Toyota RAV4

With more than 20 new off-roaders due to be launched in 2006, car builders can't afford to make mistakes when it comes to design

The RAV4 has grown up - it's bigger, better built and more refined than ever, and deserves to top the class. We really like its modern interior, and the 134bhp diesel is the pick of the range. The Toyota is still fun to drive and promises best-in-sector residual values - so the next Land Rover Freelander will have to be good to match it.

For the new Toyota RAV4, there's everything to lose. Its predecessor was the best-selling compact SUV in Europe, and this third generation of the original 'soft-roader' has to maintain that position in the face of forthcoming competition from another crucial debutant in 2006: Land Rover's new Freelander.

We have already driven the RAV4 in Portugal, but how does it shape up on British roads? Coming from an international launch, it's always interesting to see how a new model looks alongside domestic traffic. And while the chunky, soft shape is easy on the eye, we still think it's a pity Toyota's stylists didn't put some extra 'attitude' in - this is a lifestyle SUV, after all, and it could do with a more butch appearance.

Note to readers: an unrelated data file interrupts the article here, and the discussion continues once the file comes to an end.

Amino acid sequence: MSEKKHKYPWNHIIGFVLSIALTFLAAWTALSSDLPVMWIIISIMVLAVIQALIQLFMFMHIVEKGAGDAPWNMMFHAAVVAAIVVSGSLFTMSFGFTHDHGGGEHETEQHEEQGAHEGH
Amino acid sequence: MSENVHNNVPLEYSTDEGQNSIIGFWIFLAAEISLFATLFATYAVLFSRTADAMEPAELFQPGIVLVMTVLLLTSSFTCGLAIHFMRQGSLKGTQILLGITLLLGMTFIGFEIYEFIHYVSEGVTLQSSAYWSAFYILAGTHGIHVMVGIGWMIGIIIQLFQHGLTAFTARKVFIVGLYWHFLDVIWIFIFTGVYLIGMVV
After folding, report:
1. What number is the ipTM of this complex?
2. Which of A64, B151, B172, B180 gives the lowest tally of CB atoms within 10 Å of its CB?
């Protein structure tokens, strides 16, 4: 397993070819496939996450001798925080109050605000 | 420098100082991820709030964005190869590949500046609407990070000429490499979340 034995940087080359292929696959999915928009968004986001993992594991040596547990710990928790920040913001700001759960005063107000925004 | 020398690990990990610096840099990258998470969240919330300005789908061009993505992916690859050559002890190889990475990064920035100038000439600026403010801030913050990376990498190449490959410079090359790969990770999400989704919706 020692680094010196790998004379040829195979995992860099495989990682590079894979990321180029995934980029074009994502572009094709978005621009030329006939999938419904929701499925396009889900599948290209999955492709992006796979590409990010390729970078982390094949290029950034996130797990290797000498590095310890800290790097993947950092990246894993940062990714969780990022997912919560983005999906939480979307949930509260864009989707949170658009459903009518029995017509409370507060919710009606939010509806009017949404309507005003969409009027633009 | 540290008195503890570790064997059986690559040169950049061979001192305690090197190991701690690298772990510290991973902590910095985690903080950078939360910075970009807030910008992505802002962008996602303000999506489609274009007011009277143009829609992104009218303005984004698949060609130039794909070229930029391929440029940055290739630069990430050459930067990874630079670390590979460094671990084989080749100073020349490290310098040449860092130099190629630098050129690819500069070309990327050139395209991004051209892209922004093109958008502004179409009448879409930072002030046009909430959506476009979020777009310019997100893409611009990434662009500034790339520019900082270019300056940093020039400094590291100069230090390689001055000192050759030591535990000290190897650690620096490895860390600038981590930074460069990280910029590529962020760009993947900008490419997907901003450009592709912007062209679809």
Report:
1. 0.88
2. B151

Still, great leaps have been made inside. As you would expect of Toyota, material quality is superb throughout, with soft leather and tactile plastics. But what really stands out is the dashboard, with a bold centre console and classy orange instrument dials.

The driving position is spot-on, too. Based on a new platform, the RAV4 is much bigger than the car it replaces, while up front there's lots of space. In the back, head-room is vast, and only the tallest passengers will find knee-room tight. It's worth pointing out, however, that although the Toyota has grown, it's still shorter than the Honda CR-V and Nis-san X-Trail - both of which offer more passenger space.

Nevertheless, the sliding rear bench is a neat touch, and the boot capacity is competitive, at 586 litres with the seats in place and 1,469 litres with them folded. If only the Japanese company had fitted a split tailgate, instead of an awkward side-opening rear door, the RAV4 would score even higher.

Where its predecessors have always gained top marks is on the road - and the newcomer is no different. The RAV4 still delivers the sharpest, most car-like experience in its class. The steering is accurate and well weighted, body roll is minimal and it's fun to drive.

And while the price you pay for this agility is a firm ride on bumpy UK roads, otherwise refinement is excellent - particularly when you factor in the engine. With just over 100 miles under its belt, our car's 134bhp 2.2-litre D-4D turbo-diesel felt tight, but it was quiet and offers a usable, wide powerband.

Claimed fuel economy is 42.8mpg, and this XT4-spec model is very generously equipped as standard; the tally includes climate control, a six-CD multi-changer and Toyota's sophisticated Integrated Active Drive four-wheel-drive system. So if you're after an off-roader this year, the new RAV4 is one of the best choices on the market.

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